Do you remember seeing Olympic athletes with “cupping” marks on their skin at the 2016 Rio games? Its purpose was to loosen muscles, encourage blood flow and help with relaxation. It was the new “thing”, though the practice of cupping had been around for thousands of years.
Also being used extensively in Rio was an all-natural energy source, again around for thousands of years, that was the star of the London Olympics in 2012 –– beetroot. (Beetroot, sometimes spelled beet root, is simply the taproot, or main underground “bulb” commonly referred to as “beet” in the U.S.)
Why were all of these highly specialized olympic athletes using beetroot as their energy source? And why was the media, usually hyper-critical of can’t-miss energy products, so in love with this supplement?
First, it is an all-natural food that easily passed the stringent substance testing conducted on the athletes. Athletes could eat it, or as most did, mix up their beetroot powder into water making a beet juice, anytime and anywhere in the dining halls on in the village. They needn’t worry about any repercussions from eating healthy root vegetables.
Second, it provided enhanced athletic performance. In the build up to the London games, the British publication The Telegraph published an article detailing research on beetroot and how it boosted stamina. It noted that drinking beetroot juice doubled the amount of nitrate in the blood of volunteers, and reduced the rate at which muscles used their main source of energy. It found that beetroot juice helped muscles work more efficiently and lowered their oxygen uptake. The same effect was seen during both low-intensity and high-intensity exercise.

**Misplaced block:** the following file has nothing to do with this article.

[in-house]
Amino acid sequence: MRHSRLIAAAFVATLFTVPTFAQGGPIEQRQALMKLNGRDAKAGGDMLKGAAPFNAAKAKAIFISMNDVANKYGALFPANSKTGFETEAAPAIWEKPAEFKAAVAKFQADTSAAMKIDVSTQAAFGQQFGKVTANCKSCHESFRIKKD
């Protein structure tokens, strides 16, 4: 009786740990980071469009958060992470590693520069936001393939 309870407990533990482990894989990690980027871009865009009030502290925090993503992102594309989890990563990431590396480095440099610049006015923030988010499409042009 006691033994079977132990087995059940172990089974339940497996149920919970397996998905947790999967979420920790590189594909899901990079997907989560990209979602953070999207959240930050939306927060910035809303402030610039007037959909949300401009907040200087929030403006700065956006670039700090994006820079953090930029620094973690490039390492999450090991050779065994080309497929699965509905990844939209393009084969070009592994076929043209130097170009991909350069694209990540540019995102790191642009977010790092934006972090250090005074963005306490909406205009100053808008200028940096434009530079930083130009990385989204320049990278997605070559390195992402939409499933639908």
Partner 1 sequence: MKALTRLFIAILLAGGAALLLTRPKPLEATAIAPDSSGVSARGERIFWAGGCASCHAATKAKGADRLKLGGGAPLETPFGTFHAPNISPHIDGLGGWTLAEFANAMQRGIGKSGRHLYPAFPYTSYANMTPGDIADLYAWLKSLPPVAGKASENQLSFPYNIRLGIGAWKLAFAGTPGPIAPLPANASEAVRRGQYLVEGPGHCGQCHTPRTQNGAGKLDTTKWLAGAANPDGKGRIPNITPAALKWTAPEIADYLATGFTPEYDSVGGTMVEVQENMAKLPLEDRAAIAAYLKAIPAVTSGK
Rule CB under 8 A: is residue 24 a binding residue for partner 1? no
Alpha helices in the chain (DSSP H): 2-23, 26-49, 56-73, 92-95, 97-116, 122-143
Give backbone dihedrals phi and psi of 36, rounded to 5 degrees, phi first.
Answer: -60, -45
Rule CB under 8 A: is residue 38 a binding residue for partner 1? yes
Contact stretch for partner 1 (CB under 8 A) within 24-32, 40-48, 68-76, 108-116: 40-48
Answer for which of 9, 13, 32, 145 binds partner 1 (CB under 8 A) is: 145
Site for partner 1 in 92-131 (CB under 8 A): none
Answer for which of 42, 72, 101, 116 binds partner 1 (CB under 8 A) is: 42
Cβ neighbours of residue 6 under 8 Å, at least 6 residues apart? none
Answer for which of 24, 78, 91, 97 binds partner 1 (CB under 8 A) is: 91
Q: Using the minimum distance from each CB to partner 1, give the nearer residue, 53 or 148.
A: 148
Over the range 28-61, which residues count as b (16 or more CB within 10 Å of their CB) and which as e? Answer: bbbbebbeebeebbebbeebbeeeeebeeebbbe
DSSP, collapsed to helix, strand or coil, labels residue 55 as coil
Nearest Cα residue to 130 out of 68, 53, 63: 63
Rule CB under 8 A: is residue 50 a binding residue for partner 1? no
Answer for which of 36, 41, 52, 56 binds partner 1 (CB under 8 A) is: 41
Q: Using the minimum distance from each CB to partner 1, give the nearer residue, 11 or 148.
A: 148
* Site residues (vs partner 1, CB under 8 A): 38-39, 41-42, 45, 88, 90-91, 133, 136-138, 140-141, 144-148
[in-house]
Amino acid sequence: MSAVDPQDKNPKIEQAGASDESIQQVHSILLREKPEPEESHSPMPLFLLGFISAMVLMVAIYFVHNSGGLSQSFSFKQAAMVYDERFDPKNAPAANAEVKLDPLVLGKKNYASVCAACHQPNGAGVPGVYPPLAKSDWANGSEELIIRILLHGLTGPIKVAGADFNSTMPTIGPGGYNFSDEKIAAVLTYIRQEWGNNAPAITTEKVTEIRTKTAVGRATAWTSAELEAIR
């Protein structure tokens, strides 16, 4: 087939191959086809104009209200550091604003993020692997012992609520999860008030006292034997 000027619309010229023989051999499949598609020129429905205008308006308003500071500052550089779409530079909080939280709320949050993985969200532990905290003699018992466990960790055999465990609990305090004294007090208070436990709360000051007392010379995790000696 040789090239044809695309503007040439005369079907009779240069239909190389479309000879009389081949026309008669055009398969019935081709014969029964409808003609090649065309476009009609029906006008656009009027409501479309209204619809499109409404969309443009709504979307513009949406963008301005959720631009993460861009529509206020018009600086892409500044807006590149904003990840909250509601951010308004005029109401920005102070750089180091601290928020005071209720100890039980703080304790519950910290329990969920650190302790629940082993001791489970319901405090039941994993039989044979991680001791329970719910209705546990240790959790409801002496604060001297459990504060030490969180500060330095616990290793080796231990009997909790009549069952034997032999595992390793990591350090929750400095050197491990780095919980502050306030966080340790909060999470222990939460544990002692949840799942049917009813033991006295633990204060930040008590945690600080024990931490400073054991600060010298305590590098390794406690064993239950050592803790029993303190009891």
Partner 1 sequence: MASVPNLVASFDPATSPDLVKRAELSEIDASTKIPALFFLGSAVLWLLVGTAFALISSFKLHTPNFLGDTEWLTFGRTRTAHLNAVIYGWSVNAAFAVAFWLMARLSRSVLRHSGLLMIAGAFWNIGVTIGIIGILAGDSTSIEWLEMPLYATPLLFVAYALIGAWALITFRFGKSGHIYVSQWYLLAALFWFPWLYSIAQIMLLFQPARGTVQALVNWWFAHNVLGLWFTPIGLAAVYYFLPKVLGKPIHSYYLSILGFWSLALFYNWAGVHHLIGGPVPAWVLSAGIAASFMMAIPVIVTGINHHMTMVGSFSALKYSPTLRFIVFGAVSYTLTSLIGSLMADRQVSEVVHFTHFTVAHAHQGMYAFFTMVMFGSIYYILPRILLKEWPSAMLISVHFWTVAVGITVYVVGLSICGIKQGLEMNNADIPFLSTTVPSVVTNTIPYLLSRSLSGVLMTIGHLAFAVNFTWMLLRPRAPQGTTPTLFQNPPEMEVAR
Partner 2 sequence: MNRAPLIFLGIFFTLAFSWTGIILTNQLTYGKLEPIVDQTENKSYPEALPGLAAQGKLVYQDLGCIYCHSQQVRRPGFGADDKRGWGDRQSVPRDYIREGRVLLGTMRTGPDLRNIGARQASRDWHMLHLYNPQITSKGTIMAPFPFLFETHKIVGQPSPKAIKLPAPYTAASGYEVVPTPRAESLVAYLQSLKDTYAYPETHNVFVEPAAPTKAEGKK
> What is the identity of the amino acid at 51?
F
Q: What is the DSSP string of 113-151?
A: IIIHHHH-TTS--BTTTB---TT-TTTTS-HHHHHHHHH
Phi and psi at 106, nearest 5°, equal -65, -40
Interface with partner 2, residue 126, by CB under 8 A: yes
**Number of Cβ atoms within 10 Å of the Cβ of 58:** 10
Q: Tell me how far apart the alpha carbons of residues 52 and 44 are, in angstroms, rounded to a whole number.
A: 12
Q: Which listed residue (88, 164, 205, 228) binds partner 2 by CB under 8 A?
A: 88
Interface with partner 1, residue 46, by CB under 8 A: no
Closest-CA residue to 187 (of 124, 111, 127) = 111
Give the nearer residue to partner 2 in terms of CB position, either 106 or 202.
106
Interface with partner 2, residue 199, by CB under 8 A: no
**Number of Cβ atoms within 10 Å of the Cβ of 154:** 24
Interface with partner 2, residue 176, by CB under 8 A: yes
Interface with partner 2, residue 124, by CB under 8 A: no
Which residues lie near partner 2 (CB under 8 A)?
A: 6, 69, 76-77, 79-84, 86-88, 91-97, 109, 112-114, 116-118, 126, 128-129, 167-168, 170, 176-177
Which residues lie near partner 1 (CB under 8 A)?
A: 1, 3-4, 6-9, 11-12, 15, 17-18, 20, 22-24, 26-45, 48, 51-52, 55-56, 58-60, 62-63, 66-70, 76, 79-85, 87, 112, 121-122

Specifically, Chris Thompson, of the University of Exeter’s School of Sport and Health Sciences noted, “Those who had taken the nitrate-rich Beet Juice saw a 3.5% improvement in sprint performance and a 3% increase in their speed of making decisions without hindering accuracy." The full study is published in the European Journal of Applied Physiology and available on PubMed.
On the U.S side of the Atlantic, studies also found that regularly drinking beetroot juice increases exercise performance in terms of the heart's workload and oxygen delivery to the body’s muscles. "We were surprised by how little nitrate was needed to see such a large effect, “ said Dr. Amrita Ahluwalia in the American Journal of Physiology – Regulatory, Integrative and Comparative Physiology.
Third, the energy provided was almost instantaneous. The UK study showed that the nitrate in beetroot juice reduces oxygen uptake quickly after consumption, making exercise less tiring. Beetroot juice became the new king in the gym, pool, and on the track, helping athletes exercise up to 16 percent longer.
Nutrology’s beetroot product, Beet Natural Pre-Workout, notes that you will feel the beetroot energy in five minutes or less after consuming it as a delicious additive to your water. Each serving of Beet Natural Pre-Workout is loaded with 3000mg beet juice, 2000mg beta alanine, 2000mg of Vitamin C, 1250mg of Yerba Mate and 1000mg of Creatinol-O-Phosphate. There is no creatine or artificial sweeteners.
Why Yerba Mate in Beet Natural Pre Workout? You probably have seen the Yerba Mate energy shots at the checkout line at your grocer or health food store. Yerba Mate is an antioxidant powerhouse and natural energy source. It is often described as providing a clean and calm energy and has higher polyphenol and antioxidant counts than both green and black teas. Relative to mainstream sugary and artificial-substance-laden energy drinks, Yerba Mate contains up to 100 times higher amounts of antioxidants and polyphenols than non-tea-based energy drinks.
Beetroot, proven for centuries to have great health benefits, is now one of the undisputed kings of guilt free energy in the gym as well! Just ask world-class Olympic athletes.
For more information about Nutrology and Beet Natural Pre-Workout, visit www.nutrologyonline.com